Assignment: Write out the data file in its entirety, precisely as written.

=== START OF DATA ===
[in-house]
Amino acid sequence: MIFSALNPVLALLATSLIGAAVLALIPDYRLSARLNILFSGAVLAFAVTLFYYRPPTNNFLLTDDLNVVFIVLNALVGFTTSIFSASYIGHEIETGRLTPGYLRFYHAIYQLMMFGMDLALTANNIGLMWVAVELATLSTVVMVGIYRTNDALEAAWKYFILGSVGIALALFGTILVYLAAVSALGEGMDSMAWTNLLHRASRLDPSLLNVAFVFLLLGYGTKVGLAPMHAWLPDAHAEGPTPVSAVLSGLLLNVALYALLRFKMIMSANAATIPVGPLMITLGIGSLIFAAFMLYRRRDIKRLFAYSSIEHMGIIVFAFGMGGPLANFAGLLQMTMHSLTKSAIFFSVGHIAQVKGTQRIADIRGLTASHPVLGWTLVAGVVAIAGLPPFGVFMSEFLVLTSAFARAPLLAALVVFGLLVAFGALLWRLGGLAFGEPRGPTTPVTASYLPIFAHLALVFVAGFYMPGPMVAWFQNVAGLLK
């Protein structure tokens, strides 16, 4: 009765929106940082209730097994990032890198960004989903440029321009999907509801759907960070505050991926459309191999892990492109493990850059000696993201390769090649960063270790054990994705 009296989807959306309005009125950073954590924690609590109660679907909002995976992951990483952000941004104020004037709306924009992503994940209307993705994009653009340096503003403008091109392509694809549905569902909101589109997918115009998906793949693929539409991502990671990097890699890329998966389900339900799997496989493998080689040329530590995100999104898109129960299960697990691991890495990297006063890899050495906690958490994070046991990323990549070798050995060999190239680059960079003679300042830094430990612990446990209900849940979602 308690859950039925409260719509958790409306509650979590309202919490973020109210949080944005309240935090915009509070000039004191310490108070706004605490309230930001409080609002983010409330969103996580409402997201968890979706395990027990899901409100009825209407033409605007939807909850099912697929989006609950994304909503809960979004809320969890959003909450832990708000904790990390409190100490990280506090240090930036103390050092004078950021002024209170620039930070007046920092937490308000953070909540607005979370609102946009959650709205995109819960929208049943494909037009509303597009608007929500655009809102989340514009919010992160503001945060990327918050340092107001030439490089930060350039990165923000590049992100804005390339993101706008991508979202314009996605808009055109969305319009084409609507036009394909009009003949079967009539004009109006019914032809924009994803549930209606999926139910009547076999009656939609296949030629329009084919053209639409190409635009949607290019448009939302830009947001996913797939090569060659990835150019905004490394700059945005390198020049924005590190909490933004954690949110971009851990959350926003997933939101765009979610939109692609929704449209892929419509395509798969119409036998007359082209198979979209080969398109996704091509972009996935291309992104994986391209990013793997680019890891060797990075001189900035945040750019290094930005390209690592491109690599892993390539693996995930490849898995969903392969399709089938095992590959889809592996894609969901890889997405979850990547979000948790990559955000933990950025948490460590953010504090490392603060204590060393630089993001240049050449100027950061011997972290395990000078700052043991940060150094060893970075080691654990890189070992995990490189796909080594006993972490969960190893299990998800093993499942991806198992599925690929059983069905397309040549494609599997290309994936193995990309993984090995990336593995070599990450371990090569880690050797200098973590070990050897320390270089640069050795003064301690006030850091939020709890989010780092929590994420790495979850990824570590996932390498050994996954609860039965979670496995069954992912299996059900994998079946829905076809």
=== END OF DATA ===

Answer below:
[in-house]
Amino acid sequence: MIFSALNPVLALLATSLIGAAVLALIPDYRLSARLNILFSGAVLAFAVTLFYYRPPTNNFLLTDDLNVVFIVLNALVGFTTSIFSASYIGHEIETGRLTPGYLRFYHAIYQLMMFGMDLALTANNIGLMWVAVELATLSTVVMVGIYRTNDALEAAWKYFILGSVGIALALFGTILVYLAAVSALGEGMDSMAWTNLLHRASRLDPSLLNVAFVFLLLGYGTKVGLAPMHAWLPDAHAEGPTPVSAVLSGLLLNVALYALLRFKMIMSANAATIPVGPLMITLGIGSLIFAAFMLYRRRDIKRLFAYSSIEHMGIIVFAFGMGGPLANFAGLLQMTMHSLTKSAIFFSVGHIAQVKGTQRIADIRGLTASHPVLGWTLVAGVVAIAGLPPFGVFMSEFLVLTSAFARAPLLAALVVFGLLVAFGALLWRLGGLAFGEPRGPTTPVTASYLPIFAHLALVFVAGFYMPGPMVAWFQNVAGLLK
């Protein structure tokens, strides 16, 4: 009765929106940082209730097994990032890198960004989903440029321009999907509801759907960070505050991926459309191999892990492109493990850059000696993201390769090649960063270790054990994705 009296989807959306309005009125950073954590924690609590109660679907909002995976992951990483952000941004104020004037709306924009992503994940209307993705994009653009340096503003403008091109392509694809549905569902909101589109997918115009998906793949693929539409991502990671990097890699890329998966389900339900799997496989493998080689040329530590995100999104898109129960299960697990691991890495990297006063890899050495906690958490994070046991990323990549070798050995060999190239680059960079003679300042830094430990612990446990209900849940979602 308690859950039925409260719509958790409306509650979590309202919490973020109210949080944005309240935090915009509070000039004191310490108070706004605490309230930001409080609002983010409330969103996580409402997201968890979706395990027990899901409100009825209407033409605007939807909850099912697929989006609950994304909503809960979004809320969890959003909450832990708000904790990390409190100490990280506090240090930036103390050092004078950021002024209170620039930070007046920092937490308000953070909540607005979370609102946009959650709205995109819960929208049943494909037009509303597009608007929500655009809102989340514009919010992160503001945060990327918050340092107001030439490089930060350039990165923000590049992100804005390339993101706008991508979202314009996605808009055109969305319009084409609507036009394909009009003949079967009539004009109006019914032809924009994803549930209606999926139910009547076999009656939609296949030629329009084919053209639409190409635009949607290019448009939302830009947001996913797939090569060659990835150019905004490394700059945005390198020049924005590190909490933004954690949110971009851990959350926003997933939101765009979610939109692609929704449209892929419509395509798969119409036998007359082209198979979209080969398109996704091509972009996935291309992104994986391209990013793997680019890891060797990075001189900035945040750019290094930005390209690592491109690599892993390539693996995930490849898995969903392969399709089938095992590959889809592996894609969901890889997405979850990547979000948790990559955000933990950025948490460590953010504090490392603060204590060393630089993001240049050449100027950061011997972290395990000078700052043991940060150094060893970075080691654990890189070992995990490189796909080594006993972490969960190893299990998800093993499942991806198992599925690929059983069905397309040549494609599997290309994936193995990309993984090995990336593995070599990450371990090569880690050797200098973590070990050897320390270089640069050795003064301690006030850091939020709890989010780092929590994420790495979850990824570590996932390498050994996954609860039965979670496995069954992912299996059900994998079946829905076809």